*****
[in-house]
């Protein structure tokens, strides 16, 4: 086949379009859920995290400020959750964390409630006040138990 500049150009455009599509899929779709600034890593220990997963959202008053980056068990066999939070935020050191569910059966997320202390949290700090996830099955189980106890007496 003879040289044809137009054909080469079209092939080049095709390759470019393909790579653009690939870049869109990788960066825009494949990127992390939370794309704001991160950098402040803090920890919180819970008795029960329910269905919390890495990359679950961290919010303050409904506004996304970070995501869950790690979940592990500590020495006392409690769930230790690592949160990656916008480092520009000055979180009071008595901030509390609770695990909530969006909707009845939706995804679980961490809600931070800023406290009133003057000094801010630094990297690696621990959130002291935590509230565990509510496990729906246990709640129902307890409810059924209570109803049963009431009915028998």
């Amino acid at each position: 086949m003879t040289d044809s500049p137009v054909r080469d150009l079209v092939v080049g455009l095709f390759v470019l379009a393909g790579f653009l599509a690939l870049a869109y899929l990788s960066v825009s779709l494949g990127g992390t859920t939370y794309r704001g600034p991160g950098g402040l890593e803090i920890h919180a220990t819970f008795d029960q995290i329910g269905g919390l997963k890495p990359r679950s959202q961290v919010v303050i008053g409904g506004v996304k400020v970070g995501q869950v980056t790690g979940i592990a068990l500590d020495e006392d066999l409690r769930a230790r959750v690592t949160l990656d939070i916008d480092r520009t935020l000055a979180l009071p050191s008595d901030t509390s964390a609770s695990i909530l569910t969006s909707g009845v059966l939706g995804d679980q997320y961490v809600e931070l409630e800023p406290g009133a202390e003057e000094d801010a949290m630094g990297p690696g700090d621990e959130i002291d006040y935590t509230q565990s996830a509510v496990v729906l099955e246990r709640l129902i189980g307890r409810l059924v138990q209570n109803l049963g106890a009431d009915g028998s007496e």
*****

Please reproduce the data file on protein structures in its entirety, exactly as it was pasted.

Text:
[in-house]
């Protein structure tokens, strides 16, 4: 086949379009859920995290400020959750964390409630006040138990 500049150009455009599509899929779709600034890593220990997963959202008053980056068990066999939070935020050191569910059966997320202390949290700090996830099955189980106890007496 003879040289044809137009054909080469079209092939080049095709390759470019393909790579653009690939870049869109990788960066825009494949990127992390939370794309704001991160950098402040803090920890919180819970008795029960329910269905919390890495990359679950961290919010303050409904506004996304970070995501869950790690979940592990500590020495006392409690769930230790690592949160990656916008480092520009000055979180009071008595901030509390609770695990909530969006909707009845939706995804679980961490809600931070800023406290009133003057000094801010630094990297690696621990959130002291935590509230565990509510496990729906246990709640129902307890409810059924209570109803049963009431009915028998």
């Amino acid at each position: 086949m003879t040289d044809s500049p137009v054909r080469d150009l079209v092939v080049g455009l095709f390759v470019l379009a393909g790579f653009l599509a690939l870049a869109y899929l990788s960066v825009s779709l494949g990127g992390t859920t939370y794309r704001g600034p991160g950098g402040l890593e803090i920890h919180a220990t819970f008795d029960q995290i329910g269905g919390l997963k890495p990359r679950s959202q961290v919010v303050i008053g409904g506004v996304k400020v970070g995501q869950v980056t790690g979940i592990a068990l500590d020495e006392d066999l409690r769930a230790r959750v690592t949160l990656d939070i916008d480092r520009t935020l000055a979180l009071p050191s008595d901030t509390s964390a609770s695990i909530l569910t969006s909707g009845v059966l939706g995804d679980q997320y961490v809600e931070l409630e800023p406290g009133a202390e003057e000094d801010a949290m630094g990297p690696g700090d621990e959130i002291d006040y935590t509230q565990s996830a509510v496990v729906l099955e246990r709640l129902i189980g307890r409810l059924v138990q209570n109803l049963g106890a009431d009915g028998s007496e």